Labor talks over Mexican farmworker wages wobble

Labor negotiations over Mexican farmworkers' wages in Baja California nearly break down

Labor negotiations in Baja California appeared on the verge of breaking down Wednesday after an association of agribusinesses offered striking farmworkers a raise of 6%, a figure far lower than what laborers are demanding.

The highly anticipated offer was made by an attorney for the Agricultural Council of Baja California, and was met with stunned silence from dozens of farmworkers gathered in a restaurant salon in San Quintin.

"It's another slap in the face to farmworkers," said Justino Herrera, a labor leader for the coalition of indigenous groups that represents thousands of workers in the region 200 miles south of San Diego.

Laborers, who have been on strike since last week, now earn about $10 a day and say the wage hasn't changed in more than a decade. They also want growers to pay government-required benefits as well as overtime.

Labor leaders took turns expressing their disappointment, if not disgust, to association attorney Alberto Munoz and officials from the Baja California government, which has been trying to mediate an agreement to a strike that threatens one of Mexico's biggest harvests.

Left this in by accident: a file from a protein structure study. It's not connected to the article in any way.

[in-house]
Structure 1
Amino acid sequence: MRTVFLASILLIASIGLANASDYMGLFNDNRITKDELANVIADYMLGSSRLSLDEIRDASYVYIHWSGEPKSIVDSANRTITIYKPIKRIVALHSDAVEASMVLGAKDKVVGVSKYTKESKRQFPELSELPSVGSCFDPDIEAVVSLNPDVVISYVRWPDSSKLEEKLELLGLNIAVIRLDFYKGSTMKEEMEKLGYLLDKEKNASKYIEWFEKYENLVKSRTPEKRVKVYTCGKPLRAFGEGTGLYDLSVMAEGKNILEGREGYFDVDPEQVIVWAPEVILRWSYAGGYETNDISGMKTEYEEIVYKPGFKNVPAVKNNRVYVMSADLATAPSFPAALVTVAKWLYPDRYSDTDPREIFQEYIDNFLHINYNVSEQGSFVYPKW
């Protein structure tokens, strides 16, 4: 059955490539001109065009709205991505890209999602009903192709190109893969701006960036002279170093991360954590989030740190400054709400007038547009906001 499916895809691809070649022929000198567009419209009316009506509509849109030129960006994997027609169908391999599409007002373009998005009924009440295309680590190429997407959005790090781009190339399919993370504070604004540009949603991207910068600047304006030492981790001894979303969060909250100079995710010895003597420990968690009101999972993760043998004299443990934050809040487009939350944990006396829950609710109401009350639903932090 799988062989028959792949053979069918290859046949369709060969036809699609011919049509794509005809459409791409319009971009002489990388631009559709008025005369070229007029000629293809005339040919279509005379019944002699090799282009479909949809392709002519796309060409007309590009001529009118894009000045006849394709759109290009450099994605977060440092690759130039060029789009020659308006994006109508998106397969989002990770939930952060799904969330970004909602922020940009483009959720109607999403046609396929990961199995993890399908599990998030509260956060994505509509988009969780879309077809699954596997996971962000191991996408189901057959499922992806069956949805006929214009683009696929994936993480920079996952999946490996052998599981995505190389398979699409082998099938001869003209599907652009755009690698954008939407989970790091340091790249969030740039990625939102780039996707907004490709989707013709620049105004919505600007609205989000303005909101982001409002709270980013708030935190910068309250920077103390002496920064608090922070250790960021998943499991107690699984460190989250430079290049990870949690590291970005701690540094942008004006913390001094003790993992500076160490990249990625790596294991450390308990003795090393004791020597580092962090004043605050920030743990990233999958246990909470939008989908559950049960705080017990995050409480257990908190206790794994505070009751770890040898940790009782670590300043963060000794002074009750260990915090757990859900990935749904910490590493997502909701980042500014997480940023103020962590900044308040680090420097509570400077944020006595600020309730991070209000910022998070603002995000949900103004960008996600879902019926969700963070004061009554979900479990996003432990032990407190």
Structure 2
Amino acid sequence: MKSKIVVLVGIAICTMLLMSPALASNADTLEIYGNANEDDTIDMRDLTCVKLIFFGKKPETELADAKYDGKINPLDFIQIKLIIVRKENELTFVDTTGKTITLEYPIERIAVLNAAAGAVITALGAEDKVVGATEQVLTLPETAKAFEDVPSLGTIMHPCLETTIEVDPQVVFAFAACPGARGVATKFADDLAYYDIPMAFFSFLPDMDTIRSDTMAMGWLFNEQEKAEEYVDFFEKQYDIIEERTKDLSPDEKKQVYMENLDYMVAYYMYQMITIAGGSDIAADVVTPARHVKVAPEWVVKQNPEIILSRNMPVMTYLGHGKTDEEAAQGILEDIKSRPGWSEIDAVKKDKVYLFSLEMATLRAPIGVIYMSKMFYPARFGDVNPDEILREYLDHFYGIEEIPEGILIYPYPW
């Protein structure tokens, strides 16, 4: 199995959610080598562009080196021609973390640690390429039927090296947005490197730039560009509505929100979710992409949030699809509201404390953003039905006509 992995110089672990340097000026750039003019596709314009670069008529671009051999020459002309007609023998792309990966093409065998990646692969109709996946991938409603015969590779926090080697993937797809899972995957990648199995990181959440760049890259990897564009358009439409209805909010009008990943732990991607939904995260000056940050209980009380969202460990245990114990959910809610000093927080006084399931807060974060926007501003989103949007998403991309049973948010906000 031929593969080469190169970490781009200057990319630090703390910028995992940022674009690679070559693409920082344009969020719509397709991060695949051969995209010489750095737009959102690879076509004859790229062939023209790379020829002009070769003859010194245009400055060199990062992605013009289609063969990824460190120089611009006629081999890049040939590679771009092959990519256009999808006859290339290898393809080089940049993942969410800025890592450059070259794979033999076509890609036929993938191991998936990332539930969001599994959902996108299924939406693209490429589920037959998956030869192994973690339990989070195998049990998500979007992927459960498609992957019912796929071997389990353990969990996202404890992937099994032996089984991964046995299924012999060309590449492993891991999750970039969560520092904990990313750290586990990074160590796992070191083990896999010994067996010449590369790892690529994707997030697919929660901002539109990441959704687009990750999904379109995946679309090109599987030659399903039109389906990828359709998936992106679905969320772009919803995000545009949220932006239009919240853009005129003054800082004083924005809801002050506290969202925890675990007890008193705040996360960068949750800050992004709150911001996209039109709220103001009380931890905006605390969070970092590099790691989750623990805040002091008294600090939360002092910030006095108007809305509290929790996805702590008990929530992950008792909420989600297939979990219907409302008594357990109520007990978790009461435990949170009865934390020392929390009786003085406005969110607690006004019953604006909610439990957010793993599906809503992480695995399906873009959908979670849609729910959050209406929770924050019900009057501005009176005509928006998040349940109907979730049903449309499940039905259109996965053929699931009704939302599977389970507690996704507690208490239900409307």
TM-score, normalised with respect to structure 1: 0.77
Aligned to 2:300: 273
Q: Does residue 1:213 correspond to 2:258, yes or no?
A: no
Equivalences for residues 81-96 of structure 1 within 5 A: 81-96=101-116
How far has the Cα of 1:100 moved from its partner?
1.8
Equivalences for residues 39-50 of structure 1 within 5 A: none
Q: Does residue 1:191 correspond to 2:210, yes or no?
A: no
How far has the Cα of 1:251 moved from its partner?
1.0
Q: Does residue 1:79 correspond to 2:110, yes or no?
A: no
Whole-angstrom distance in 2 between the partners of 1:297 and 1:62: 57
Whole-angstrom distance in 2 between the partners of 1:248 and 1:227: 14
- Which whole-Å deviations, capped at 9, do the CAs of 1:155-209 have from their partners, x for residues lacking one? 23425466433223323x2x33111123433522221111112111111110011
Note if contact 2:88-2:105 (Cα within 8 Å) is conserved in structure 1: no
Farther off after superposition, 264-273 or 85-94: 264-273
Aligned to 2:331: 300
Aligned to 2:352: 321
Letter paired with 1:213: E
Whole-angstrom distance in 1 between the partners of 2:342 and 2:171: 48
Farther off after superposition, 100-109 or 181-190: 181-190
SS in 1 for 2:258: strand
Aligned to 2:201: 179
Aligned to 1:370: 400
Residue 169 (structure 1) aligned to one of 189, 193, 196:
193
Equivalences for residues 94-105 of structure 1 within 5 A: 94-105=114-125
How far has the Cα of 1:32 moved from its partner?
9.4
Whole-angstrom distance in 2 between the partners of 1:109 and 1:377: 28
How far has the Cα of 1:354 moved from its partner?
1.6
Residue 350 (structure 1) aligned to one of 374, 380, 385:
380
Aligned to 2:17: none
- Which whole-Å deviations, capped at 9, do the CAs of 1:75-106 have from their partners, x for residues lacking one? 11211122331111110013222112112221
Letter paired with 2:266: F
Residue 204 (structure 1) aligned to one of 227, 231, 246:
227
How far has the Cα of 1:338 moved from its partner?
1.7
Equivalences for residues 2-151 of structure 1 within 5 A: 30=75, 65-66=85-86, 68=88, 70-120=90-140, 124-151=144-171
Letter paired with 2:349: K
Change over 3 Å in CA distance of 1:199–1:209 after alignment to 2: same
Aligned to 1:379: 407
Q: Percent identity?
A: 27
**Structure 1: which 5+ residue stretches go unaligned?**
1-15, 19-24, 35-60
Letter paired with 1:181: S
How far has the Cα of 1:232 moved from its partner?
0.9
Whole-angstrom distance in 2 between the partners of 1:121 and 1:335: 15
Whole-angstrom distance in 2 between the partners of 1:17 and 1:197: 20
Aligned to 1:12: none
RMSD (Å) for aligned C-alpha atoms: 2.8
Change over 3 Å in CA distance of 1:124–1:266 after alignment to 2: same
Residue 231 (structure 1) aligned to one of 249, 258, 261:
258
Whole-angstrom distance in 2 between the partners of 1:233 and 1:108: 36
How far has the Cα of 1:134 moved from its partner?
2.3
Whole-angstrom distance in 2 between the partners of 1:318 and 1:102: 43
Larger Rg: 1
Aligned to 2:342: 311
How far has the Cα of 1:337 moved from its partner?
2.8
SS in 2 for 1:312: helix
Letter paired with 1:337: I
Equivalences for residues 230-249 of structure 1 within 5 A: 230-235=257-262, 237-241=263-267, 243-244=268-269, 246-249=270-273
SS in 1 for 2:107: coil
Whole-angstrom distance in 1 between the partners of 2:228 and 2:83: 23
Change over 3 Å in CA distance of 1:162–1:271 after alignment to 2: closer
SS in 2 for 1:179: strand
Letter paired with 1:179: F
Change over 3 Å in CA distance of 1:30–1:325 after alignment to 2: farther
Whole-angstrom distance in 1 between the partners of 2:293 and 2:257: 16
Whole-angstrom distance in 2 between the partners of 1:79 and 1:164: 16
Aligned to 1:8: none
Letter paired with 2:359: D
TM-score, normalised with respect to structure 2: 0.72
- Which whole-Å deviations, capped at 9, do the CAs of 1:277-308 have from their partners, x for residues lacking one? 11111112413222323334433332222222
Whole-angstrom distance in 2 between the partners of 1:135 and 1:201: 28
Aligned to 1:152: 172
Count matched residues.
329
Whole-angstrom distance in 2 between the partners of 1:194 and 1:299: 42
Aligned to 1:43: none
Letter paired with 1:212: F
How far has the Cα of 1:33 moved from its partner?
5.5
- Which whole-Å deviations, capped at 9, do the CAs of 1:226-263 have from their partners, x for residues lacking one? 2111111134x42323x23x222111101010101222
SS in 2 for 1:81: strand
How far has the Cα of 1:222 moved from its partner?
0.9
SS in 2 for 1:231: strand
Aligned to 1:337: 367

They pointed out that one of the region's smaller growers has already agreed to boost wages to about $20 per day, and they dismissed the proposed salary increase as a minuscule sum that wasn't enough to feed their families.

Leaders also repeated their claims that growers had systematically denied them government-required benefits such as Social Security.

"A crime is being committed against us … it's violating federal labor law," said group leader Fidel Sanchez, standing up from the table and raising his voice. Turning to Munoz, he said, "Let's be sensible about this.… Let's be more flexible."

The room suddenly buzzed with news that a farmworker had been arrested in a nearby town.

"Please, release him," Bonifacio Martinez, another leader, asked officials seated at the table. They immediately started making phone calls.

The prompt response illustrated the tension gripping the once-sleepy farming region. Protests last week devolved into looting, vandalism and running skirmishes between police and protesters. The arrests of more than 200 people have been sharply criticized, triggering an investigation by Mexico's human rights commission.

Hoping to avoid another round of violence, the government has deployed about 1,000 police and Mexican army soldiers to the region. The human rights commission has sent observers to the area.

As negotiations continued through the night, Munoz upped the growers' offer to an 8% wage increase. But labor leaders rejected the offer and countered by proposing a daily wage of about $19.

That left the two sides far apart, and labor leaders said they plan on staying out of the fields for at least another day. Meanwhile, crowds hundreds strong gathered in several pueblos in and around San Quintin awaiting news from the negotiations. There were no reports of unrest.

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